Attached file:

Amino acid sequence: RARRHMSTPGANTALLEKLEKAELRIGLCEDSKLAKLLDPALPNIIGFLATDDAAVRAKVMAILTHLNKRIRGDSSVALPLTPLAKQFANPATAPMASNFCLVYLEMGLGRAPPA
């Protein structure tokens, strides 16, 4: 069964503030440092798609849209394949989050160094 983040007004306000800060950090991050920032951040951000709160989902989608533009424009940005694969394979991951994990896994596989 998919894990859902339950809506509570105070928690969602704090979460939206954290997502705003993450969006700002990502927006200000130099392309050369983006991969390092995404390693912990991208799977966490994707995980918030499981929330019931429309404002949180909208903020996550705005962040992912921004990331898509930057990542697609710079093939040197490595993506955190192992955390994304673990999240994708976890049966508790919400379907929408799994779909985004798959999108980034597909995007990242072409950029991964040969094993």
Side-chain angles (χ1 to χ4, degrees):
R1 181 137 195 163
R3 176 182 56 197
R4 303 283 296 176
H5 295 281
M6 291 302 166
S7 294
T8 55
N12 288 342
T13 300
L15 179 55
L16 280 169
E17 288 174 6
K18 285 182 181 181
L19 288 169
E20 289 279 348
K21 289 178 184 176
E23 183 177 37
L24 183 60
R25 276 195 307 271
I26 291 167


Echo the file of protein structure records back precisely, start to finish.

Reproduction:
Amino acid sequence: RARRHMSTPGANTALLEKLEKAELRIGLCEDSKLAKLLDPALPNIIGFLATDDAAVRAKVMAILTHLNKRIRGDSSVALPLTPLAKQFANPATAPMASNFCLVYLEMGLGRAPPA
């Protein structure tokens, strides 16, 4: 069964503030440092798609849209394949989050160094 983040007004306000800060950090991050920032951040951000709160989902989608533009424009940005694969394979991951994990896994596989 998919894990859902339950809506509570105070928690969602704090979460939206954290997502705003993450969006700002990502927006200000130099392309050369983006991969390092995404390693912990991208799977966490994707995980918030499981929330019931429309404002949180909208903020996550705005962040992912921004990331898509930057990542697609710079093939040197490595993506955190192992955390994304673990999240994708976890049966508790919400379907929408799994779909985004798959999108980034597909995007990242072409950029991964040969094993």
Side-chain angles (χ1 to χ4, degrees):
R1 181 137 195 163
R3 176 182 56 197
R4 303 283 296 176
H5 295 281
M6 291 302 166
S7 294
T8 55
N12 288 342
T13 300
L15 179 55
L16 280 169
E17 288 174 6
K18 285 182 181 181
L19 288 169
E20 289 279 348
K21 289 178 184 176
E23 183 177 37
L24 183 60
R25 276 195 307 271
I26 291 167